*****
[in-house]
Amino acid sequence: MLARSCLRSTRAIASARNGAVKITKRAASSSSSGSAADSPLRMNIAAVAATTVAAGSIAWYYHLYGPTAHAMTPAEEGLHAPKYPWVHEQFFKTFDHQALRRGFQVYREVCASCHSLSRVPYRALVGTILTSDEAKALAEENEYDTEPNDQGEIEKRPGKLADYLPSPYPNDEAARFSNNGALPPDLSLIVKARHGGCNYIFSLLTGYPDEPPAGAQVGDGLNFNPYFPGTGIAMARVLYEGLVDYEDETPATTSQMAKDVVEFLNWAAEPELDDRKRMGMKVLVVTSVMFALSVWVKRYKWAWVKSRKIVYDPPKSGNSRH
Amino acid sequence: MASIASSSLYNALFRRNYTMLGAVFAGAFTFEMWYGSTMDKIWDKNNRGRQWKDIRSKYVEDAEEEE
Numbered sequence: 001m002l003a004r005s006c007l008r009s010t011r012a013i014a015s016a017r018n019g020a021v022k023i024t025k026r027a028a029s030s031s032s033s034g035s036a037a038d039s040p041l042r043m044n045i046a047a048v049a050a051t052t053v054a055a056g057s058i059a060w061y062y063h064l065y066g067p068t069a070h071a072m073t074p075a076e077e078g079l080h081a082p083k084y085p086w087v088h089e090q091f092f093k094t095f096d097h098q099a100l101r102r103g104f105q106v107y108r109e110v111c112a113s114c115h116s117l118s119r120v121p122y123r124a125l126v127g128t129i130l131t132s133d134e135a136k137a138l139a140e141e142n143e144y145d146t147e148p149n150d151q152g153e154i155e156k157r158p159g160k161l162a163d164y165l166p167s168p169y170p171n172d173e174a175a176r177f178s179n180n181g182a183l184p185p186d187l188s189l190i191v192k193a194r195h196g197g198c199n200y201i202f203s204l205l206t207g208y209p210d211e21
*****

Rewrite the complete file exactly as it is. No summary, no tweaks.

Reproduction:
[in-house]
Amino acid sequence: MLARSCLRSTRAIASARNGAVKITKRAASSSSSGSAADSPLRMNIAAVAATTVAAGSIAWYYHLYGPTAHAMTPAEEGLHAPKYPWVHEQFFKTFDHQALRRGFQVYREVCASCHSLSRVPYRALVGTILTSDEAKALAEENEYDTEPNDQGEIEKRPGKLADYLPSPYPNDEAARFSNNGALPPDLSLIVKARHGGCNYIFSLLTGYPDEPPAGAQVGDGLNFNPYFPGTGIAMARVLYEGLVDYEDETPATTSQMAKDVVEFLNWAAEPELDDRKRMGMKVLVVTSVMFALSVWVKRYKWAWVKSRKIVYDPPKSGNSRH
Amino acid sequence: MASIASSSLYNALFRRNYTMLGAVFAGAFTFEMWYGSTMDKIWDKNNRGRQWKDIRSKYVEDAEEEE
Numbered sequence: 001m002l003a004r005s006c007l008r009s010t011r012a013i014a015s016a017r018n019g020a021v022k023i024t025k026r027a028a029s030s031s032s033s034g035s036a037a038d039s040p041l042r043m044n045i046a047a048v049a050a051t052t053v054a055a056g057s058i059a060w061y062y063h064l065y066g067p068t069a070h071a072m073t074p075a076e077e078g079l080h081a082p083k084y085p086w087v088h089e090q091f092f093k094t095f096d097h098q099a100l101r102r103g104f105q106v107y108r109e110v111c112a113s114c115h116s117l118s119r120v121p122y123r124a125l126v127g128t129i130l131t132s133d134e135a136k137a138l139a140e141e142n143e144y145d146t147e148p149n150d151q152g153e154i155e156k157r158p159g160k161l162a163d164y165l166p167s168p169y170p171n172d173e174a175a176r177f178s179n180n181g182a183l184p185p186d187l188s189l190i191v192k193a194r195h196g197g198c199n200y201i202f203s204l205l206t207g208y209p210d211e21